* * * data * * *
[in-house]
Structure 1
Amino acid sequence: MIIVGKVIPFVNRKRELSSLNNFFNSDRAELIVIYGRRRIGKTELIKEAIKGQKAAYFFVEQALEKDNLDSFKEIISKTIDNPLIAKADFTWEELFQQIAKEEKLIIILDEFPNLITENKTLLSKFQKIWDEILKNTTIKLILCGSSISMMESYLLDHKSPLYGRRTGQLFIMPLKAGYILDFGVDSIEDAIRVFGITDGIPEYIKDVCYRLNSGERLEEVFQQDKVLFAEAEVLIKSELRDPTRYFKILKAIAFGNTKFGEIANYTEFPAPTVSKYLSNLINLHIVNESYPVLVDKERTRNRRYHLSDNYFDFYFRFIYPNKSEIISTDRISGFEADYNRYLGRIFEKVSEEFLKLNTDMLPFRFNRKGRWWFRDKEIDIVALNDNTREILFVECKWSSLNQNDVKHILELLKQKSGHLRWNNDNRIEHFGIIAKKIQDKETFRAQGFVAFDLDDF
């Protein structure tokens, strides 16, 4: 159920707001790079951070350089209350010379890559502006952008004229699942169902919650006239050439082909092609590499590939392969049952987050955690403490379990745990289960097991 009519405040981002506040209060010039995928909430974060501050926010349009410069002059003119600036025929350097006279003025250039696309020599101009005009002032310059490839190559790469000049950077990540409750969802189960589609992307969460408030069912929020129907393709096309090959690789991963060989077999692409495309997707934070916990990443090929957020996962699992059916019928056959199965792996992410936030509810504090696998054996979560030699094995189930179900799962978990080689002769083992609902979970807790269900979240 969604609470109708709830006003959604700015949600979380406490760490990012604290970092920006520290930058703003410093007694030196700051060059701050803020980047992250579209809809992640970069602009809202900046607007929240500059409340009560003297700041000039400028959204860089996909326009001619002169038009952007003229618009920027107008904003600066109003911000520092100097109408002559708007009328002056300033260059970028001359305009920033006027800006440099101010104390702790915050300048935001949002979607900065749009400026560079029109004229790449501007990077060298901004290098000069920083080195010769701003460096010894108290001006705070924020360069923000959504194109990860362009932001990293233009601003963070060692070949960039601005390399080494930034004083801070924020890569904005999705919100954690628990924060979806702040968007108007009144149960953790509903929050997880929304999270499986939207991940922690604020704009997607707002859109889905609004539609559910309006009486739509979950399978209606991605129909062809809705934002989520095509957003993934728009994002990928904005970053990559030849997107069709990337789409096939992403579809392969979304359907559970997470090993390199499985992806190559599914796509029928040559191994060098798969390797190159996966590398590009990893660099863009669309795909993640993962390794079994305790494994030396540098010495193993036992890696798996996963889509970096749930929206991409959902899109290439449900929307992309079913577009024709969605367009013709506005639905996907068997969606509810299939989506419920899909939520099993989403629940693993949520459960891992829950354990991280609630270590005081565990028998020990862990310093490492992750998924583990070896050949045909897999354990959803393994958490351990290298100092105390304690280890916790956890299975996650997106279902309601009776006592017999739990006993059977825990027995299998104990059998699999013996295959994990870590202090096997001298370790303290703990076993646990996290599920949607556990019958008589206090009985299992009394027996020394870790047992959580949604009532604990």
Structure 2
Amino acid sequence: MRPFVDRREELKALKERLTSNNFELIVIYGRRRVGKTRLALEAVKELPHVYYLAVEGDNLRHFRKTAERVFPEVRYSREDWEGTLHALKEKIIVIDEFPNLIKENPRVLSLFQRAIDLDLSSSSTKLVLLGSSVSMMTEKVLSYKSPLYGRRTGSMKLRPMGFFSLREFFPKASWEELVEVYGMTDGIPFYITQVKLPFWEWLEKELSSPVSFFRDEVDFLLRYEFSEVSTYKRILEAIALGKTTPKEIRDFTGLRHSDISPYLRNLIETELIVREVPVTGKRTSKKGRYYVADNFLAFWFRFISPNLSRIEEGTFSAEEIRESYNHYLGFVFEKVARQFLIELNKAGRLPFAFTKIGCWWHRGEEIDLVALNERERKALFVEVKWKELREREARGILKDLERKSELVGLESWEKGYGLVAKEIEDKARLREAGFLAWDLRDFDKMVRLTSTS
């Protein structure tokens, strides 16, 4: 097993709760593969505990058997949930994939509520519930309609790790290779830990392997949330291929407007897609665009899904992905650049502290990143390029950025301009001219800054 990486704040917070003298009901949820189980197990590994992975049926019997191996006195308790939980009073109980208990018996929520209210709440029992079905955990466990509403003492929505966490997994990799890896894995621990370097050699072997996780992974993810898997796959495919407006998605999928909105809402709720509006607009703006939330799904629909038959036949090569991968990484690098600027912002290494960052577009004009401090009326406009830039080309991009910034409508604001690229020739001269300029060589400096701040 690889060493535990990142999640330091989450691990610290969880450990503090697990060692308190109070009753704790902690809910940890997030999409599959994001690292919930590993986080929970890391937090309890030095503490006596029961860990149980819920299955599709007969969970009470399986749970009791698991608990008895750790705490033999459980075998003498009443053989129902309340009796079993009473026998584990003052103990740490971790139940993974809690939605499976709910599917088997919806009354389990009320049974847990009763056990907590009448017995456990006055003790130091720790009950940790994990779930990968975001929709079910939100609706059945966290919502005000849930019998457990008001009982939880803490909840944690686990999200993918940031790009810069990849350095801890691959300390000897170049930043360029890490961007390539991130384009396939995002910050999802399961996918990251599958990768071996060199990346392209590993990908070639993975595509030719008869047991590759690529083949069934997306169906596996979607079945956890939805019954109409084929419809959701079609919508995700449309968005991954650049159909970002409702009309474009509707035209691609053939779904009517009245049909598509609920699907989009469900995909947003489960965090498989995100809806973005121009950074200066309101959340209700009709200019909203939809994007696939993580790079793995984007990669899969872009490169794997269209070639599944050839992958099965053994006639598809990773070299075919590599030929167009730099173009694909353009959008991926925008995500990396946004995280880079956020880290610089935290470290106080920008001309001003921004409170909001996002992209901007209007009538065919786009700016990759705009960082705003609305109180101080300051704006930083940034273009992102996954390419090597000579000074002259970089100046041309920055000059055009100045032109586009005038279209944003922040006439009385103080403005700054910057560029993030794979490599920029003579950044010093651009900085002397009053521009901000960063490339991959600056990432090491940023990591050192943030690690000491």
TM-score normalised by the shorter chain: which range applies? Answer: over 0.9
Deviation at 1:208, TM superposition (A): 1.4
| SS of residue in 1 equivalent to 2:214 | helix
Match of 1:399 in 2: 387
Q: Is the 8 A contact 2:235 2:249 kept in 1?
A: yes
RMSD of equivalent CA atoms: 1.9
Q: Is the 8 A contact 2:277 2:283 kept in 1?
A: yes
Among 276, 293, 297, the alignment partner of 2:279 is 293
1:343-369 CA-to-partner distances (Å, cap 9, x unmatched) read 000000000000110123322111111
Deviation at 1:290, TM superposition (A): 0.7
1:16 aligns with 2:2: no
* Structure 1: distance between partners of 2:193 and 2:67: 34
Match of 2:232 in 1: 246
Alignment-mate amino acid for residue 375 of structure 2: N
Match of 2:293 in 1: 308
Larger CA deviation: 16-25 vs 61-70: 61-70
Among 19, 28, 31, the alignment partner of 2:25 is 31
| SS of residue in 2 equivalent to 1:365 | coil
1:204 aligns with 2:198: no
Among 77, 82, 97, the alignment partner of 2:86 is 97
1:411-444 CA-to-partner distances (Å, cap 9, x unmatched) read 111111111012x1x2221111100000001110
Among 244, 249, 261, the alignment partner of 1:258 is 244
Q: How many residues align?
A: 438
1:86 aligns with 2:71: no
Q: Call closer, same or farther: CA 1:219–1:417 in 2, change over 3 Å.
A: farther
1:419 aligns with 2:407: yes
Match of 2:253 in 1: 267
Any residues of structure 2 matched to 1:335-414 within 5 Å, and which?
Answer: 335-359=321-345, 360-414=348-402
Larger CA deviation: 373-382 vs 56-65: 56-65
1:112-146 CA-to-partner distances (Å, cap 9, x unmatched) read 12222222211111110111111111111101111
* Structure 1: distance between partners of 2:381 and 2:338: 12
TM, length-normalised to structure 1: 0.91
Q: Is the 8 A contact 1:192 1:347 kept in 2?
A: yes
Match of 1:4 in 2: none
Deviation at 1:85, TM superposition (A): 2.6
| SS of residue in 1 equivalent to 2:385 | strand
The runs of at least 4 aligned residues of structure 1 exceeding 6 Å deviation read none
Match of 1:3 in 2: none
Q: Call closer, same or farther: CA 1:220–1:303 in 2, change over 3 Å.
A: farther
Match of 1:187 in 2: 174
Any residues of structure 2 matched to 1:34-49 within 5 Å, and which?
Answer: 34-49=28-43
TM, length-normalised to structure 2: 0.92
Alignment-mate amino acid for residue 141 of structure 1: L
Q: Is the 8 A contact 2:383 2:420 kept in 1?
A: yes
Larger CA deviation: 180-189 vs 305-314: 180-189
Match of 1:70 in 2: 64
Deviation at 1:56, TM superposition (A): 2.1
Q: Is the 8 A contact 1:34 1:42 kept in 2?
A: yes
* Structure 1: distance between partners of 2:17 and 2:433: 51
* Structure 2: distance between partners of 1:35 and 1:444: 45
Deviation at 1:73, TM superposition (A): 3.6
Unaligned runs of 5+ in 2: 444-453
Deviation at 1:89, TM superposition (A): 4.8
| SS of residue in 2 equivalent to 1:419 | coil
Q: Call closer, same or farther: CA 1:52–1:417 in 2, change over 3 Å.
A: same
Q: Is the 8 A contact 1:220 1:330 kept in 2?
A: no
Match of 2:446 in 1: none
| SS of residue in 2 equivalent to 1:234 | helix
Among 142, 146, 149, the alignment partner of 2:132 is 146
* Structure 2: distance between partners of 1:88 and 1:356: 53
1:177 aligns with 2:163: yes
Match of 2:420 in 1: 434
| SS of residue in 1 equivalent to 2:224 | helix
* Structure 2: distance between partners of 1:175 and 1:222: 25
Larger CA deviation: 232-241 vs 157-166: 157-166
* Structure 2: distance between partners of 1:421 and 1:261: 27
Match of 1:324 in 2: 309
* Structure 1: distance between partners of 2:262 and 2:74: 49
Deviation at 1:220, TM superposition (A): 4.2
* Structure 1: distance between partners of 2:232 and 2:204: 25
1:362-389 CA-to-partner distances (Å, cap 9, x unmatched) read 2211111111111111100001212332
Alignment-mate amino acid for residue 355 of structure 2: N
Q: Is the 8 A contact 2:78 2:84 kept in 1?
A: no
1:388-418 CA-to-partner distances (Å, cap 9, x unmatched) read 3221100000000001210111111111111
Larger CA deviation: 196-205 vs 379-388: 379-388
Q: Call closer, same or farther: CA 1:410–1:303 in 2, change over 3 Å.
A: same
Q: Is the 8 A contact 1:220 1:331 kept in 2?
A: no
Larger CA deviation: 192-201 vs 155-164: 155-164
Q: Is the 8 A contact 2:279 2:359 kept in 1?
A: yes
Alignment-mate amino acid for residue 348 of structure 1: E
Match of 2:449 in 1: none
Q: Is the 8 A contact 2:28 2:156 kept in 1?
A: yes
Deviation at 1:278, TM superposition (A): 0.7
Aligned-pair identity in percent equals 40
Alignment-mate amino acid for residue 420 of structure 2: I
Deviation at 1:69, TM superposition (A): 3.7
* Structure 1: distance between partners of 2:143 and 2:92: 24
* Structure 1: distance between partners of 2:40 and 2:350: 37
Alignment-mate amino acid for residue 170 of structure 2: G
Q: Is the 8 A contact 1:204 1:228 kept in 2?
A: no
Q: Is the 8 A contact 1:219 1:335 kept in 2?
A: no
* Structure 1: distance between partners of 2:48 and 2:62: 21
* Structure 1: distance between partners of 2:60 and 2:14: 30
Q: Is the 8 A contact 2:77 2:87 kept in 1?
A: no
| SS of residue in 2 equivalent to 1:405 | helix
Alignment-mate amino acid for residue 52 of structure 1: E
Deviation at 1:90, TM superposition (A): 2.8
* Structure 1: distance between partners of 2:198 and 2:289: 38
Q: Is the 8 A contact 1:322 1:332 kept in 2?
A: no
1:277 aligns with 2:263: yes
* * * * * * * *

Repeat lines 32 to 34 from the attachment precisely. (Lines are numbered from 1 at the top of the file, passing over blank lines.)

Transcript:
Q: How many residues align?
A: 438
1:86 aligns with 2:71: no